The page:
Canadian indie-rock supergroup the New Pornographers are just one big bundle of pop cultural references. The act’s name comes from an infamous quote by evangelist preacher Jimmy Swaggart, who in 1986 put forward the assertion that the decadent and depraved world of rock ‘n’ roll was “the new pornography.”
“Challengers” took its names from “Challengers of the Unknown”, an obscure (to mainstream fans, anyway) Jack Kirby creation from half a century prior. Their first appearance was in 1957’s “Showcase” #6, a story which was uncredited but is widely believed to be the work of Kirby on his own, with some input by Joe Simon and/or Dave Wood. The team of four super-scientists in matching uniforms going on supernatural adventures were a precursor to Kirby’s “Fantastic Four” with Stan Lee.
Meanwhile “Challengers”, the title track from the New Pornographer album of the same name, uses the metaphor of an adventurous team of heroes exploring brave new worlds to a love affair between a married woman and the narrator (“You live with someone / I live with somebody too…”). The bittersweet love song culminates in frontwoman Neko Case literally singing “We were the challengers of / The Unknown”, in case the inspiration wasn’t clear.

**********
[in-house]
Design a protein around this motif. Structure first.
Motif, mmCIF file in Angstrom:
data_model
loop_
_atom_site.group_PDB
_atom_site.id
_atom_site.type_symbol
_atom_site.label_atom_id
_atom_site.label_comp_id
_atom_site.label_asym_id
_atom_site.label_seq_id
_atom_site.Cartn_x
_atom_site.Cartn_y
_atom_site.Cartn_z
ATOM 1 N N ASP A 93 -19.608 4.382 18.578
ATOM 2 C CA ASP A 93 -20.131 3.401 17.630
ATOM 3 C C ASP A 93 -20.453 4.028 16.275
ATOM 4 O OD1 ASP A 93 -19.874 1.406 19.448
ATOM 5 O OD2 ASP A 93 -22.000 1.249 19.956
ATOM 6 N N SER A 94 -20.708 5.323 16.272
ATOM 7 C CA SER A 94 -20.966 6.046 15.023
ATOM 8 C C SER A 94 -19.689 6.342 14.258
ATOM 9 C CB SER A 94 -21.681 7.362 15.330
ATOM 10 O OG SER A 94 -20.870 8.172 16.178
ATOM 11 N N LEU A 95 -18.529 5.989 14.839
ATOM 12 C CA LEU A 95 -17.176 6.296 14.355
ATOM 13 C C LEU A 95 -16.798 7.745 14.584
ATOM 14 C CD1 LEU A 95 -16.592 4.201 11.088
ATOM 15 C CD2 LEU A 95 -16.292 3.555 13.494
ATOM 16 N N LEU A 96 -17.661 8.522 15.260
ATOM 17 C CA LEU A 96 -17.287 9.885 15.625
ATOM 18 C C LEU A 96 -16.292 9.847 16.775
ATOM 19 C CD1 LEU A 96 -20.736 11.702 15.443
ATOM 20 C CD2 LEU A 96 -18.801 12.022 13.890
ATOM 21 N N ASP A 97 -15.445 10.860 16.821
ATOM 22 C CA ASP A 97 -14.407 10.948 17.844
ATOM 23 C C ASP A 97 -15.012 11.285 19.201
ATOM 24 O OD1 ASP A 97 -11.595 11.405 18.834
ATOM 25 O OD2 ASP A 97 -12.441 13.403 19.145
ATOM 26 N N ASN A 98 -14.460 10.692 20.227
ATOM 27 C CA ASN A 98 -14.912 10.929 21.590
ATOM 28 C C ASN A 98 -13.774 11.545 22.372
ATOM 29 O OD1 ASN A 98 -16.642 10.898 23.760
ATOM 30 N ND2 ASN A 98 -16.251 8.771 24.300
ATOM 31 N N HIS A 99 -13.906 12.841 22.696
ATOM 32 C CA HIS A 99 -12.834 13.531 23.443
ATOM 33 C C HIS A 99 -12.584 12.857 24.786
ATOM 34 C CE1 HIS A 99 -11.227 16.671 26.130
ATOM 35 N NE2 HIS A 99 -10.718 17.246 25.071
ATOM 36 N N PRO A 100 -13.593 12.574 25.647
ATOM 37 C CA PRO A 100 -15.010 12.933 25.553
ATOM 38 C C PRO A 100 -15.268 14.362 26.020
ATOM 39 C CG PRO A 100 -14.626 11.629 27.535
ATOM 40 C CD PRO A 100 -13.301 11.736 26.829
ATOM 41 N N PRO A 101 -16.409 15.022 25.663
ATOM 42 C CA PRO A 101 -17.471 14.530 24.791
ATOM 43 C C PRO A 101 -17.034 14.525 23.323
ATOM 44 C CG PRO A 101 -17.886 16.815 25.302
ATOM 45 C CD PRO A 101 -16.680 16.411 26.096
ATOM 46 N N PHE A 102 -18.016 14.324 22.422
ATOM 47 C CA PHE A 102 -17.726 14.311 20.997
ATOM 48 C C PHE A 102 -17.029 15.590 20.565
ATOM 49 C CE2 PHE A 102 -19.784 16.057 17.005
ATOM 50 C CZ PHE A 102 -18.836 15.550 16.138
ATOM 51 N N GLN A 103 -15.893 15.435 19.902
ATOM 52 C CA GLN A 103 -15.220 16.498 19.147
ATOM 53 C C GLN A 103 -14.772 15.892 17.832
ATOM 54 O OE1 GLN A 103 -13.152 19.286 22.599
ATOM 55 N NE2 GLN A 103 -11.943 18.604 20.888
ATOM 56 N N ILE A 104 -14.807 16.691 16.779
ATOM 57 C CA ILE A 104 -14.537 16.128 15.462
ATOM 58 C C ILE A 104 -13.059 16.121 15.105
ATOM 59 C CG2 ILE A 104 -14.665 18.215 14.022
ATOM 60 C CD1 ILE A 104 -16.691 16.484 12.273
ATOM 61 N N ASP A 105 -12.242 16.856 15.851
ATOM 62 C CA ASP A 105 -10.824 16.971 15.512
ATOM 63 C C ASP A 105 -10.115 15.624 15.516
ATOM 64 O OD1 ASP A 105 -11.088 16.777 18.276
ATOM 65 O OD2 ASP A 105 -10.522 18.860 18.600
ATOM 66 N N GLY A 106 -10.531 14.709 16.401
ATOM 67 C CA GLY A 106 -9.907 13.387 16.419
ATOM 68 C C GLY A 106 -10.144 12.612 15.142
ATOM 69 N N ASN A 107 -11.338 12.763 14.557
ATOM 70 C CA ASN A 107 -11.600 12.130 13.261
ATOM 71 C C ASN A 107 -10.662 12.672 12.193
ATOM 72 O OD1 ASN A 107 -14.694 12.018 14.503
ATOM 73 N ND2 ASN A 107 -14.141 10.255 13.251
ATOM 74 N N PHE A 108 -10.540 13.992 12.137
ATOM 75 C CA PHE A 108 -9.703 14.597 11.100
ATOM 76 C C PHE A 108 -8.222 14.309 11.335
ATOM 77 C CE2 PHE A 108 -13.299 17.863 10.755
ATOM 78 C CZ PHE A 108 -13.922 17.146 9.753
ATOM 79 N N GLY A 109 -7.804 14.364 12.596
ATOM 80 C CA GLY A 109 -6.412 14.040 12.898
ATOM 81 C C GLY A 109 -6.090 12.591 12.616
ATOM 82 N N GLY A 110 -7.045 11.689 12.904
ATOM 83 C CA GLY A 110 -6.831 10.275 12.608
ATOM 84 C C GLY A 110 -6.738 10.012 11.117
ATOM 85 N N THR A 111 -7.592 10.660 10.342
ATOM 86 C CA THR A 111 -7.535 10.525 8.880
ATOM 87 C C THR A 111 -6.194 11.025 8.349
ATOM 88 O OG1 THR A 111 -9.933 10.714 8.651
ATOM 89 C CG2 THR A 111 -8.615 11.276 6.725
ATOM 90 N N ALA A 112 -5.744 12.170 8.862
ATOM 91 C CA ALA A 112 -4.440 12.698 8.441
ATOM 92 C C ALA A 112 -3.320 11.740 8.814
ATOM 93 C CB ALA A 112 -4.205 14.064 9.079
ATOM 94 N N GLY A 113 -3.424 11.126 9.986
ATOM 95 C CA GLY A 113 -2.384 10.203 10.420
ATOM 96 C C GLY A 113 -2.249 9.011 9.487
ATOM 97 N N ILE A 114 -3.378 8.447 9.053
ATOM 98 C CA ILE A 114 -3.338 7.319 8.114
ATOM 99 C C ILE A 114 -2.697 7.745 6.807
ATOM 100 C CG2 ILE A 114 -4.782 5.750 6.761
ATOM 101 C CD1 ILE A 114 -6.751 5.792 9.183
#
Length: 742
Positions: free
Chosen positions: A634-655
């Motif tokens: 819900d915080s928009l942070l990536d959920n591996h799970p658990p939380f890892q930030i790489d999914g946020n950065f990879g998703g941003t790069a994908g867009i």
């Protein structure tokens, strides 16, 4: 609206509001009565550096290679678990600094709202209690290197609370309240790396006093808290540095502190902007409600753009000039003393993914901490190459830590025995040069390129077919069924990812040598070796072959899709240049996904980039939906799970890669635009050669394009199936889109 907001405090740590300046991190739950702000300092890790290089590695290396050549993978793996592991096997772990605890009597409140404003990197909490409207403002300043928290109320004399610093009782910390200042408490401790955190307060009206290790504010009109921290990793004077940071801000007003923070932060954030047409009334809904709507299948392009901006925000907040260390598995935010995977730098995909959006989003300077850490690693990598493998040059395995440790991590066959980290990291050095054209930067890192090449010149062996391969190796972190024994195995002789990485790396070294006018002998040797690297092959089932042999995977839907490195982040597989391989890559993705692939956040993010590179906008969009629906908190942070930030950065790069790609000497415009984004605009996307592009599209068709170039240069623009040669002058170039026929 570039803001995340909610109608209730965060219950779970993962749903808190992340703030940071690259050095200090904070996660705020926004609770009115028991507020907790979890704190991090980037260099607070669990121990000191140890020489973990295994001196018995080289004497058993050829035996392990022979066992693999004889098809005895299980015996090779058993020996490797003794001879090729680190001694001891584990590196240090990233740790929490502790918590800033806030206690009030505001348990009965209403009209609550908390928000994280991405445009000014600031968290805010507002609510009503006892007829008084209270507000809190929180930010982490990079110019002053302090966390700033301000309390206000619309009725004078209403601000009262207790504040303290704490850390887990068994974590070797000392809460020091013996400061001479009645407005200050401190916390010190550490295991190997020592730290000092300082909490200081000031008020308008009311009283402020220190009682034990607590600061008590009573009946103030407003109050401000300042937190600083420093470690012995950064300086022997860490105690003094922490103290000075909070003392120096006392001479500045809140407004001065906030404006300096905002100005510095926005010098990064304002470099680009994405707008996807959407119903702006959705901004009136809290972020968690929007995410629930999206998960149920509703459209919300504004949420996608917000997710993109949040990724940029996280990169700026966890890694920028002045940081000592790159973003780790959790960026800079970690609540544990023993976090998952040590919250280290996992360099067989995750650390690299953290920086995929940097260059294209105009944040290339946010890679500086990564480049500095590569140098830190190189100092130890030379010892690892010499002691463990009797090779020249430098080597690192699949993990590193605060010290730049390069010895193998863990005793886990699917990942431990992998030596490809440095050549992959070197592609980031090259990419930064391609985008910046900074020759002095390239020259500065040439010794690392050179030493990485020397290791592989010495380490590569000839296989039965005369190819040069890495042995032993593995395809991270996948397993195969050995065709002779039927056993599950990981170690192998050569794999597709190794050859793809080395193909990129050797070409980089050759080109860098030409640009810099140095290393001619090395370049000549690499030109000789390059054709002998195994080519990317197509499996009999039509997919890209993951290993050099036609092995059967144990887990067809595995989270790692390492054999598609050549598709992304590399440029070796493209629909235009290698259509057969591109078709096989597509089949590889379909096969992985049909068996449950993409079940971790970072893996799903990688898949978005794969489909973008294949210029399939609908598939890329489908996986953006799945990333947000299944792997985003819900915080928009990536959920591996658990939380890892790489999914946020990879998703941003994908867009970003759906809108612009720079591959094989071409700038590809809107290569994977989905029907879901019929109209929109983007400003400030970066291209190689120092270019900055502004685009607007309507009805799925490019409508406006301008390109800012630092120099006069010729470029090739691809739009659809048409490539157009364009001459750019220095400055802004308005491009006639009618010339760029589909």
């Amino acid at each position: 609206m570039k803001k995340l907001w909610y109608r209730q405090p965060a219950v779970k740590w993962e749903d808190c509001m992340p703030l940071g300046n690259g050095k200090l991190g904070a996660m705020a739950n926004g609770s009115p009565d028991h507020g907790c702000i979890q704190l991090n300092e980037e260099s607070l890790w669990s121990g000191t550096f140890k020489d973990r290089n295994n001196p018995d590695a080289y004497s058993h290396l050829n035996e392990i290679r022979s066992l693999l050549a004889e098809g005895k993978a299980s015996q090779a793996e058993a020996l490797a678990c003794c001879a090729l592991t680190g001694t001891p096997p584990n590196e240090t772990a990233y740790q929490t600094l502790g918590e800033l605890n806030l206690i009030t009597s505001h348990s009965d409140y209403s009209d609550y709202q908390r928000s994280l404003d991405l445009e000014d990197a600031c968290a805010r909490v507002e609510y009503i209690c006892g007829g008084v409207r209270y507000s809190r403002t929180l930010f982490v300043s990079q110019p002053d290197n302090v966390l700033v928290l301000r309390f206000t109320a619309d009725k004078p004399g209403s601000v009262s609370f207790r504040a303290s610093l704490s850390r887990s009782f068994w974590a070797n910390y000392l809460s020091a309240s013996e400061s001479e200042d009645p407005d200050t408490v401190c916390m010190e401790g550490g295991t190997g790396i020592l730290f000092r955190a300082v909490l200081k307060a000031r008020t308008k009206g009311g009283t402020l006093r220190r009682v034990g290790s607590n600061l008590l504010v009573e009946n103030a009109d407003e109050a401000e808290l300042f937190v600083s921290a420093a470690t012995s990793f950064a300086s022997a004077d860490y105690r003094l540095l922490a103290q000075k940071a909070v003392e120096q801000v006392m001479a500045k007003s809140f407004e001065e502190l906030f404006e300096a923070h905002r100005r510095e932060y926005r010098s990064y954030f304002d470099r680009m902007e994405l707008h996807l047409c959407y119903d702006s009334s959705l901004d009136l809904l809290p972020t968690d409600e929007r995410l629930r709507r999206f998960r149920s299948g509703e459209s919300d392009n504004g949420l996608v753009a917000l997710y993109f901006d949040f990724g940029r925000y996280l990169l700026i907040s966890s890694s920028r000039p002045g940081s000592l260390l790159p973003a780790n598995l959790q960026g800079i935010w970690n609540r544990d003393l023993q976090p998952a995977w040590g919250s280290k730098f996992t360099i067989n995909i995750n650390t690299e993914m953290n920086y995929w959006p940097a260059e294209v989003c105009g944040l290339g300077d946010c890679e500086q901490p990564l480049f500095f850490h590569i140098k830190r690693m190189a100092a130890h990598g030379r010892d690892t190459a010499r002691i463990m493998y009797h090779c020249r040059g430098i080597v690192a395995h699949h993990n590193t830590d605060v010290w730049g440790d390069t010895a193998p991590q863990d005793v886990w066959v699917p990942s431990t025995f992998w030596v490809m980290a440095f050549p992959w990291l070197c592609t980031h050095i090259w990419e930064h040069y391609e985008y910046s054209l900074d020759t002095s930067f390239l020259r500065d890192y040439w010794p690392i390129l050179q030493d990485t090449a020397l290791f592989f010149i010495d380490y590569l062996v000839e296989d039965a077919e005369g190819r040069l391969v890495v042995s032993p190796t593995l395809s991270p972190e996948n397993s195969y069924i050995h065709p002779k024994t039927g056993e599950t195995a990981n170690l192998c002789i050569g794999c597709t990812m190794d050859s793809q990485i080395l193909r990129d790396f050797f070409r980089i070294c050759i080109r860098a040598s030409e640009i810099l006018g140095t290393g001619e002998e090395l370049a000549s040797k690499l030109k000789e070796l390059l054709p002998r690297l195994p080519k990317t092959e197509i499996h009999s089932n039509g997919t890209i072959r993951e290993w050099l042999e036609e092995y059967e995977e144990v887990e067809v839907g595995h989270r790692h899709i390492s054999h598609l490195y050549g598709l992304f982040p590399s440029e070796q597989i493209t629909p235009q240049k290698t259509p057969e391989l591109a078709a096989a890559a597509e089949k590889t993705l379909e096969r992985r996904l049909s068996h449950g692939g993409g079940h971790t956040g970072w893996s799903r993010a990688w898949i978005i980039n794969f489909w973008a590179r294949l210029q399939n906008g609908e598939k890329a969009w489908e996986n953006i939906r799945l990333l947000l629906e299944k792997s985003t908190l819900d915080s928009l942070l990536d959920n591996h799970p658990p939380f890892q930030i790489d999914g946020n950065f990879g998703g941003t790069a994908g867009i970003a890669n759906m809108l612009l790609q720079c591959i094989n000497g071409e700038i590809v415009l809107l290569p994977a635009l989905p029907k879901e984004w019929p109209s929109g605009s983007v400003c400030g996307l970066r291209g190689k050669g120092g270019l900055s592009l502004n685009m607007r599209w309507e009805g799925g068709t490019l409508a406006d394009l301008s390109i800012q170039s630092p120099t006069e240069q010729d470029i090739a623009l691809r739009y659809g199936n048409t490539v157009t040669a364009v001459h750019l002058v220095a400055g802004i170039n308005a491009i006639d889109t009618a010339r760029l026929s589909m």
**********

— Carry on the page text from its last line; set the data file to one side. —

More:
11. “Side Kick” by Rancid
There’s plenty of love for superheroes in music, but what about the humble sidekick? Big rock acts pen love letters to Superman, so it makes sense that a punk act like Rancid would herald the underdog.
It’s not a specific sidekick that’s being sung about by co-frontman Tim Armstrong, and it’s a non-traditional view of what it’s like to pull on spandex and act as second-in-command to the proper superheroes. “I had a dream I was a vigilante sidekick / My name is Tim I’m a lesser known character,” they sing as a form of explanation. “I had a dream i was a vigilante sidekick / fighting crime in the streets together.”
The song goes on to form an anarchist conception of a sidekick. “A good place were good people get food / Helping your fellow man is a good thing to do,” he hollers, describing a superhero who helps out with his local soup kitchen. Specific comic book references come when Wolverine turns up to help the narrator deal with some unwanted police attention. He is the best there is at what he does, after all, and what he does here is chop up a lot of government agents and leave “every single cop [with] a bullet in the head.”
10. “Superman’s Song” by Crash Test Dummies